The Plains of Passage: Earth's Children, Book Four Mass Market Paperback – Oct 1 1991
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From Publishers Weekly
The long-awaited fourth installment of the Earth's Children series is as warm and inviting as its campfire milieu. sure fire bestseller. Auel again describes her characters' travails, a passionate interest of millions of readers, in impeccably researched detail. The continuous recitation of flora and fauna, coupled with flashbacks to events in the previous books, becomes somewhat tiresome, however. (Would that our "memory" were as instinctual as that of the Clan.) The saga continues the cross-continental journey of Ayla, her mate Jondalar and their menagerie to his homeland. En route, they encounter a variety of problems, yet manage to find panaceas for each. Their enlightened compilation of skills, inventions, therapies and recipes transforms the voyagers into spirit-like personas providing The Others with constant awe. A brief encounter with the Neanderthal Clan rekindles the unique charm of the first (and strongest) book. Such locutions as "out of the cooking skin into the coals" or "Mother's path of milk" for the Milky Way are coyly anachronistic. Nonetheless, this volume is as welcome as letters from a long-lost friend. A novel 1.25 million first printing; major ad/promo; first serial to Ladies' Home Journal; BOMC main selection; author tour.
Copyright 1990 Reed Business Information, Inc. --This text refers to the Hardcover edition.
From School Library Journal
YA-- Auel follows the successful formula of the other books in this series--man's emergence from primitivism to civilization. Ayla and Jondalar continue their journey, accompanied by Whinny, Racer, and Wolf, closely observing the terrain and prudently, even inventively, developing "modern" techniques to deal with danger and evil. Perhaps most interesting is Ayla's triumph over the matriarchal despot Attaroa; the reverberating echoes of the women's movement's attendant strengths and weaknesses lend a nice touch of irony. The love scenes are not quite as steamy as in the other books. The conclusion is too abrupt, coming just as the characters reach their destination, but The Plains of Passage is still satisfying.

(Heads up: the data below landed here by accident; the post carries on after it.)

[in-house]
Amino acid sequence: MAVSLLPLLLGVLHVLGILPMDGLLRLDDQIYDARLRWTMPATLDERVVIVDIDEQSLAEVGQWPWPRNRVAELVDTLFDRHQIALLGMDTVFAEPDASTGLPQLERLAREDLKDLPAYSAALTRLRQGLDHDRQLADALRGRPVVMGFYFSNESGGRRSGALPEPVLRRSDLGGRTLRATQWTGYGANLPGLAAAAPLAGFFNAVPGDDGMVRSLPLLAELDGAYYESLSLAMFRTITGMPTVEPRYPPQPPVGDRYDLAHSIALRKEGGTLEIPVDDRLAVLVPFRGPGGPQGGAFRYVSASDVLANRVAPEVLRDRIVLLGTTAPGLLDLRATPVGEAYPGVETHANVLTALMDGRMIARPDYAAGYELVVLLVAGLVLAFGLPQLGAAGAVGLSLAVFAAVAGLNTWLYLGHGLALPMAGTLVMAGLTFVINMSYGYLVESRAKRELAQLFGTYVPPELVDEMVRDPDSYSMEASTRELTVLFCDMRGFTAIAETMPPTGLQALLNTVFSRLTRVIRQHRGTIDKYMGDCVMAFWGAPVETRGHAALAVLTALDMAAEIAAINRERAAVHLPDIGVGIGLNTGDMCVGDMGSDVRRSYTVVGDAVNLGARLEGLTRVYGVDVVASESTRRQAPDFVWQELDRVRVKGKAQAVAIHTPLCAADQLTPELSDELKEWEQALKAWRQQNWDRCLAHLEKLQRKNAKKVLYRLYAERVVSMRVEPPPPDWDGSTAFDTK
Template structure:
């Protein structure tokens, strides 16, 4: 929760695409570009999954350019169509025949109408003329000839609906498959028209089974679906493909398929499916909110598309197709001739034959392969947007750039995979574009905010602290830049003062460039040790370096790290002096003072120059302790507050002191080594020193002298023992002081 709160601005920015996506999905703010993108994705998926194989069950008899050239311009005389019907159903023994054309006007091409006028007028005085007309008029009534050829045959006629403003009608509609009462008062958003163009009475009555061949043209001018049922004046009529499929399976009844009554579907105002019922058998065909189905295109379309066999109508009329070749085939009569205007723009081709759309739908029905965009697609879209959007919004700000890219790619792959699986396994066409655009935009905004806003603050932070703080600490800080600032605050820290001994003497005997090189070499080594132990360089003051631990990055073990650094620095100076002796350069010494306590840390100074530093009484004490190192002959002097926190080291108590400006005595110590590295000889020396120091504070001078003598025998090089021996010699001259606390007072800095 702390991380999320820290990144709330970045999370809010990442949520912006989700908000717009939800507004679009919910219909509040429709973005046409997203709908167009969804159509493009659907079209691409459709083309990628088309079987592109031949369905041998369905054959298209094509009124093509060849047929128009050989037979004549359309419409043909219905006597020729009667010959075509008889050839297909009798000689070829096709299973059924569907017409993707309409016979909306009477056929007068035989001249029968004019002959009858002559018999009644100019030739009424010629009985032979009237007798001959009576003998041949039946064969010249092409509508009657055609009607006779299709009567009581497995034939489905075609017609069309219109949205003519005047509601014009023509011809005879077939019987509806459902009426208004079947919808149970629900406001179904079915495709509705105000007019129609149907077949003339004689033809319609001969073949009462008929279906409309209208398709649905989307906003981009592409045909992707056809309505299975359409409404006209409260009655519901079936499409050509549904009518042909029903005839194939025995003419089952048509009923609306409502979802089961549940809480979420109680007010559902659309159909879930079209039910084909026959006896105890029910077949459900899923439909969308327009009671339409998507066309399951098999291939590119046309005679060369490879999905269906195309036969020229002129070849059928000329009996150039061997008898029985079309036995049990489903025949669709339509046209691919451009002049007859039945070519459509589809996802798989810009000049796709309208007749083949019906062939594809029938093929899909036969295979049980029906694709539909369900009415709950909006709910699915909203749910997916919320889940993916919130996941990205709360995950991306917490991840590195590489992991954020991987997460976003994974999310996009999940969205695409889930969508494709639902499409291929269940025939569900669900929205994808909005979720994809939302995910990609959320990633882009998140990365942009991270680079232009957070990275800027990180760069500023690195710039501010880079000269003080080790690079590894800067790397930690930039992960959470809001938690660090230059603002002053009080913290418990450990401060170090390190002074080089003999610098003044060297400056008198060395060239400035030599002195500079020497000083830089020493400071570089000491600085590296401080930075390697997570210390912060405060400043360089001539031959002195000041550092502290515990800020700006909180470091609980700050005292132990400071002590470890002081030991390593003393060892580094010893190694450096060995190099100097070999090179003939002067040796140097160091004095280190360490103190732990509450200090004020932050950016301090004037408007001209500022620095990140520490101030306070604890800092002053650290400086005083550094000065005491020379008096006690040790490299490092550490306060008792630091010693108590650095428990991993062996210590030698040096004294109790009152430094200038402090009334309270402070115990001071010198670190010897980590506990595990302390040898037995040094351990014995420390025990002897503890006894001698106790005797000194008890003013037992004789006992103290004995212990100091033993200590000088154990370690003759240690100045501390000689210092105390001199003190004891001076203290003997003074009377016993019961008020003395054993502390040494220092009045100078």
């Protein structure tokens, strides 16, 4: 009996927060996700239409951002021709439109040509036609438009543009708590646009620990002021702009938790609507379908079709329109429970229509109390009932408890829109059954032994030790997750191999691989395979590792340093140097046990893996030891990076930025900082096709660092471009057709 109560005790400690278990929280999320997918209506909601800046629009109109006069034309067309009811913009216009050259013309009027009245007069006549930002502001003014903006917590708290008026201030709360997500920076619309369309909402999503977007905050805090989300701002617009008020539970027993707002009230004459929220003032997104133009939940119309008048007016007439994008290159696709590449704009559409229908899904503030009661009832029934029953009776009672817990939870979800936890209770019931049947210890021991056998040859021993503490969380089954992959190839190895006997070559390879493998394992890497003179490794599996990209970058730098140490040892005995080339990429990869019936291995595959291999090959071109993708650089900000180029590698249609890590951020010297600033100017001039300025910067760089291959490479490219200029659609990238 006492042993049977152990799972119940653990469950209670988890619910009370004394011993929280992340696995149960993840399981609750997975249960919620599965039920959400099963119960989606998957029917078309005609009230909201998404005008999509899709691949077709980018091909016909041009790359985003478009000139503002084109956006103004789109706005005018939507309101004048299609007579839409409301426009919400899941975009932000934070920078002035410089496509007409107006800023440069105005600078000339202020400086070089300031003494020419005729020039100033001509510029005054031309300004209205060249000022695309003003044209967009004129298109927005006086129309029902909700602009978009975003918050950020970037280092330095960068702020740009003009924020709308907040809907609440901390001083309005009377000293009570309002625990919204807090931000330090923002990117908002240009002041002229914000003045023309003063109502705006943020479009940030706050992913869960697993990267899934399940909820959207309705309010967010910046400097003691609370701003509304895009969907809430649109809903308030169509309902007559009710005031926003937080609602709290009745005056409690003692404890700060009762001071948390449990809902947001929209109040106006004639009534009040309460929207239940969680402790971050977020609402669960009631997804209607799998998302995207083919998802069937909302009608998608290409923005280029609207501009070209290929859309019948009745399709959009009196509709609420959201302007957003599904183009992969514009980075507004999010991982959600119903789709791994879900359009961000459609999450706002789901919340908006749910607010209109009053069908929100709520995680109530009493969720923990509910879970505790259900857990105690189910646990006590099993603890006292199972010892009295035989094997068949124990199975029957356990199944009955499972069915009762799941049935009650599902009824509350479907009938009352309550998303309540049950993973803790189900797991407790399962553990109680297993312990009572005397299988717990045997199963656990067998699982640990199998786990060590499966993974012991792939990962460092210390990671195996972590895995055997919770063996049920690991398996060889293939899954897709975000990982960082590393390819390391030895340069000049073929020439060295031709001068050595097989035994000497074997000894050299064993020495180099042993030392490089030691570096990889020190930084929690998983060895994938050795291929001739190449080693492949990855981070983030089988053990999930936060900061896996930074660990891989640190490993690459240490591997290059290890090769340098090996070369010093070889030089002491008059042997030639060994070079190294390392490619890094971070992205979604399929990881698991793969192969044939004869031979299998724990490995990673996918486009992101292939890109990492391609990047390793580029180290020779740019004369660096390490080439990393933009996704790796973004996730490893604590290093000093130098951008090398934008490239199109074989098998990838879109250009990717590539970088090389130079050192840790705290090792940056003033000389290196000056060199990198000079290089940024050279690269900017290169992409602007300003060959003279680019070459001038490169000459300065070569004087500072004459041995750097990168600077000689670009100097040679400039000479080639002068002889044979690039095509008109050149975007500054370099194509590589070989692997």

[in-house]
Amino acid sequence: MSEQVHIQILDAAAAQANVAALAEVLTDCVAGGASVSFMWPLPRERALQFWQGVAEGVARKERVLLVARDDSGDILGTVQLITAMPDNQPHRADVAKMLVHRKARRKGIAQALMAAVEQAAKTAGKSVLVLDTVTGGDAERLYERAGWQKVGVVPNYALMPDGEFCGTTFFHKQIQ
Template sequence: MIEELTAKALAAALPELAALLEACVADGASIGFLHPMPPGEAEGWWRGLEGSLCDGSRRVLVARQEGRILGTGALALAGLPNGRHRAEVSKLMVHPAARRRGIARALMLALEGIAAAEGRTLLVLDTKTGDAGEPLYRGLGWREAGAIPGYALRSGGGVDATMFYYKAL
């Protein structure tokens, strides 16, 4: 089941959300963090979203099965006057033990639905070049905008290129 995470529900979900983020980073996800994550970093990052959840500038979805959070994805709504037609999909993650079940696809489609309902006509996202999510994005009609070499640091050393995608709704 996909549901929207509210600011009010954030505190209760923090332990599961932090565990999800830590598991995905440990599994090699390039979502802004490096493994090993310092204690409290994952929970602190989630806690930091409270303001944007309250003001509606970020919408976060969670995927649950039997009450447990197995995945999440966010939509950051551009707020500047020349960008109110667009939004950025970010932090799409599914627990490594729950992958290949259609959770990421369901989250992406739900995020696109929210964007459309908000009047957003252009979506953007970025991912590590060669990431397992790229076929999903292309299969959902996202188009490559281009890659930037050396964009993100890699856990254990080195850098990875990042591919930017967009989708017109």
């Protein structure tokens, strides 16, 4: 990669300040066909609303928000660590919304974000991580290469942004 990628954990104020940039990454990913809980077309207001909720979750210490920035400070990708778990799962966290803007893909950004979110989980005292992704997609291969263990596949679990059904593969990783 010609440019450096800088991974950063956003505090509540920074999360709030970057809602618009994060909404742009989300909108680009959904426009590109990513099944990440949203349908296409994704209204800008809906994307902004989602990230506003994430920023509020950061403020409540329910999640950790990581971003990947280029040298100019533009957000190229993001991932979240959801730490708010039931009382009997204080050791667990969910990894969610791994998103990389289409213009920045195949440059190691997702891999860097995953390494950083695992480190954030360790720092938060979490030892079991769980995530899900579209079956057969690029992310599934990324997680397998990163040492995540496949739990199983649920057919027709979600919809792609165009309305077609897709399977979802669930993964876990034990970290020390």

- Joan L. Reynolds, West Potomac High School, Fairfax County, VA
Copyright 1991 Reed Business Information, Inc. --This text refers to the Hardcover edition.
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Top Customer Reviews
Readers do not appreciate being treated as though they lack intelligence, and the extreme repetition found in this book (and in the fifth book) sends the reader the message that she is just too stupid to remember what went on before.
So much of the book became tedious and boring. Even the [love] scenes were repetitive. You could sum it all up by saying that Jondalar is quite a lover. Jondalar has a really big .... manhood. Ayla is as vunerable as a virgin, yet deep enough to take in all of Jondalar, which Jondalar really digs.
Readers feel cheated because the first book was so very, very good. But now it seems that all we are getting for our loyalty and anticipation is a lazy, repetitive effort.
I have to say, this fourth book bored me stupid. I am not one to pass a sex scene by, but puh-lease! After the first one (a repeat performance of all the ones in "The Mammoth Hunters") I could stand no more. Between boring sex scenes, endless descriptions of pleistocene plant life (thanks Jean, we know you did some research, but enough already!) and a male lead I couldn't stand (Jondular), I probably skipped half the book in Fast Forward mode!